• The motivational speaker led you through a series of exercises.

Lead: A toxic metal.

  • Lead is a highly toxic metal found in small amounts in the earth’s crust. Source: NIEHS


5. Personal v personnel

Personal: Private or individual.

  • The woman’s personal belongings were among the items stolen from the office.

Personnel: People employed in an organisation or business – eg, staff.

  • All personnel were to report to the commanding officer prior to boarding the ship.
  • The receptionist accidentally sent the CEO’s personal email to all personnel.

Download the ultimate list.
Keep it handy and be confident whenever you face a
word conundrum.

6. Principle v principal

Principle: A standard, law or rule.

  • The white paper’s environmental principles were deemed insubstantial.
  •  The moral principle overrides the legal implications.

Principal: The head of an organisation or school; the main person or factor.

  • The principal of the law firm decided to partner with two associates.
  • Misbehaving students no longer report to the school principal.
  • The principal actor did not take to the stage until the final scene.


7. Then v than

Then: Relating to time or sequence.

  • We will meet with you and then we will meet with our supplier.

Than: Used for comparison.

  • Your services are more expensive than your competitors’.

Tip: Then can be substituted with next.

  • We will meet with you. Next, we will meet with our supplier.

If the substitution doesn’t work, you should use than.


8. There v their v they’re

Their: Belonging to them – possessive of they.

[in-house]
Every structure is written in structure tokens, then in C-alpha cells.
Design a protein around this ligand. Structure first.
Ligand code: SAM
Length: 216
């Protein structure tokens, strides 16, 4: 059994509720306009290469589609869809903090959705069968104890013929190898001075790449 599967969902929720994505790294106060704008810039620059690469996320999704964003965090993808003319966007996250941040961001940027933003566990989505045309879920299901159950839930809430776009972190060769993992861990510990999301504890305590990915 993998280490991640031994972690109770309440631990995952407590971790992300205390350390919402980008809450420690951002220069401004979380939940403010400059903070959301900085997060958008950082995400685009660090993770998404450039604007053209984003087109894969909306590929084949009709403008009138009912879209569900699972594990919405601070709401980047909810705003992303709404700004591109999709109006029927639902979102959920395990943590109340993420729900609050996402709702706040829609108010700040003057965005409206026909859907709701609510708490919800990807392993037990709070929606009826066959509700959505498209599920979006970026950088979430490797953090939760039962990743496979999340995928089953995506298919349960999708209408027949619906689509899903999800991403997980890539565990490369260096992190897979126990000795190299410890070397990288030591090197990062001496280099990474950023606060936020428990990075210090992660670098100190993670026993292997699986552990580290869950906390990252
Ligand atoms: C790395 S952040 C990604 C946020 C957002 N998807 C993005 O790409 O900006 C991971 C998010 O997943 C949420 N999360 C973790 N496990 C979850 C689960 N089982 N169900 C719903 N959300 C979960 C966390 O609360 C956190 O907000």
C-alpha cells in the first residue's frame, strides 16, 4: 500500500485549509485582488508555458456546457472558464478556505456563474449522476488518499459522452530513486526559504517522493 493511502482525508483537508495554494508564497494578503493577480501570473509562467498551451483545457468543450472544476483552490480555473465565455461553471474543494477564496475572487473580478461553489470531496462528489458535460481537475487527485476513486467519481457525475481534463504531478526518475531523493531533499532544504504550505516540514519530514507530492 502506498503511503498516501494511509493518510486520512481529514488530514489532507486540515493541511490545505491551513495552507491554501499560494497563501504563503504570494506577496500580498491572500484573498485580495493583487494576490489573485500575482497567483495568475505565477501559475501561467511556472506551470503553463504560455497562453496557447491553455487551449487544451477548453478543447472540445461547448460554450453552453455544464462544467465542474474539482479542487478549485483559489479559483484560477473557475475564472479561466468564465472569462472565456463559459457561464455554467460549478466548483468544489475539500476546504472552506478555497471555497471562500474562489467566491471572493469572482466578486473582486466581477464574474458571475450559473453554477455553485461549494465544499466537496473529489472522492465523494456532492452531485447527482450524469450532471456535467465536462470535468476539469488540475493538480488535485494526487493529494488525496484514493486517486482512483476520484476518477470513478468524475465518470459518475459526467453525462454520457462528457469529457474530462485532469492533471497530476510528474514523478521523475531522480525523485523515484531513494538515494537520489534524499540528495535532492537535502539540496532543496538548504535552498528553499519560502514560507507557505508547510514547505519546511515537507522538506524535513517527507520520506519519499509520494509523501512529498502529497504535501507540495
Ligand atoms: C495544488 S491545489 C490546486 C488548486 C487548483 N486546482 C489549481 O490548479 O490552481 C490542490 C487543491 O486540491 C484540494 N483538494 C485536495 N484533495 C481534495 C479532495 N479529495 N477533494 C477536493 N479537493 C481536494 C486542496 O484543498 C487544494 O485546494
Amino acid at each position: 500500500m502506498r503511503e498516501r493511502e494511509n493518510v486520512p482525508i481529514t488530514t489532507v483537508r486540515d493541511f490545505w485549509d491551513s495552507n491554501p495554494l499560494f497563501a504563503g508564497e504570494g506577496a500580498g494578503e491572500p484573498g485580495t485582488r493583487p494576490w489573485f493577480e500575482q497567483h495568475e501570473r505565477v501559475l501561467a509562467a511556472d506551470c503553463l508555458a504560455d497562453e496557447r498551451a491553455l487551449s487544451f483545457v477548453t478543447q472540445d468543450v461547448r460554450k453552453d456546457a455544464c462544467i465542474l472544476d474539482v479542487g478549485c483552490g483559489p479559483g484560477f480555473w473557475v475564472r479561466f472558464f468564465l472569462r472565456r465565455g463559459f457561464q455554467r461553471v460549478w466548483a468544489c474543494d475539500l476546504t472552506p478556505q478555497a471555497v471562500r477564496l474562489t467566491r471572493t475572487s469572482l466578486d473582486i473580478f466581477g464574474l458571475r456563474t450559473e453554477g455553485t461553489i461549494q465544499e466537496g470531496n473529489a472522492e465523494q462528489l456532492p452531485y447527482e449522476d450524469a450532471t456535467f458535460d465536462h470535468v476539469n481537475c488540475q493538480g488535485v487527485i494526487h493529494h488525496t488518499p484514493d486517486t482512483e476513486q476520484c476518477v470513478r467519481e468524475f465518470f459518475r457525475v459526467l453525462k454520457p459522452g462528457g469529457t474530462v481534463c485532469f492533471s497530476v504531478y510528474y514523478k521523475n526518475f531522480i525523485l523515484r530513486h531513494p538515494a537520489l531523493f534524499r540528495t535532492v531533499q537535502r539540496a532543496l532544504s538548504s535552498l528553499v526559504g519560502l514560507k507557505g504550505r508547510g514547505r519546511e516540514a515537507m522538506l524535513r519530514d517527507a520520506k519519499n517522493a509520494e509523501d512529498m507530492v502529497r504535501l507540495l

• The staff at the regional office had their own set of procedures.

There: That place – not here; there is also used as a ‘filler word’ at the start of a sentence, but this usually results in wordy writing, so best to avoid.

  • The man was hiding over there when thieves broke into the office.

They’re: A contraction (shortened form) of they are.

  • They’re moving into their new office next week.


9. Were v we’re v where v wear

Were: The past tense of the verb be – you will be, you are, you were.

  • The finance and marketing teams were at the top of the workplace communication leader-board.

We’re: A contraction (shortened form) of we are.

  • We’re hopeful the new contract comes into effect next week.

Where: To avoid confusing grammatical theory, let’s cut straight to the examples!

  • Where are you going?
  • Where is this meeting heading?
  • This is where I live.

Wear: To have on the body, eg, clothing*; clothing/attire; damage/erosion**.

  • *I prefer not to wear a suit to meetings.
  • **The weather will wear the cliffs away.

One more example

  • The three company secretaries were wearing matching suits to the conference, where they presented their new web application. “We’re proud to present…”

Download the ultimate list.
Keep it handy and be confident whenever you face a
word conundrum.

10. Your v you’re

Your: The possessive of you.

  • Your business partner accidentally took your phone.

You’re: A contraction (shortened from) of you are.

  • You’re our favourite supplier because your service is outstanding.

Which ‘confusables’ are you most confused – or frustrated – by? Comment below.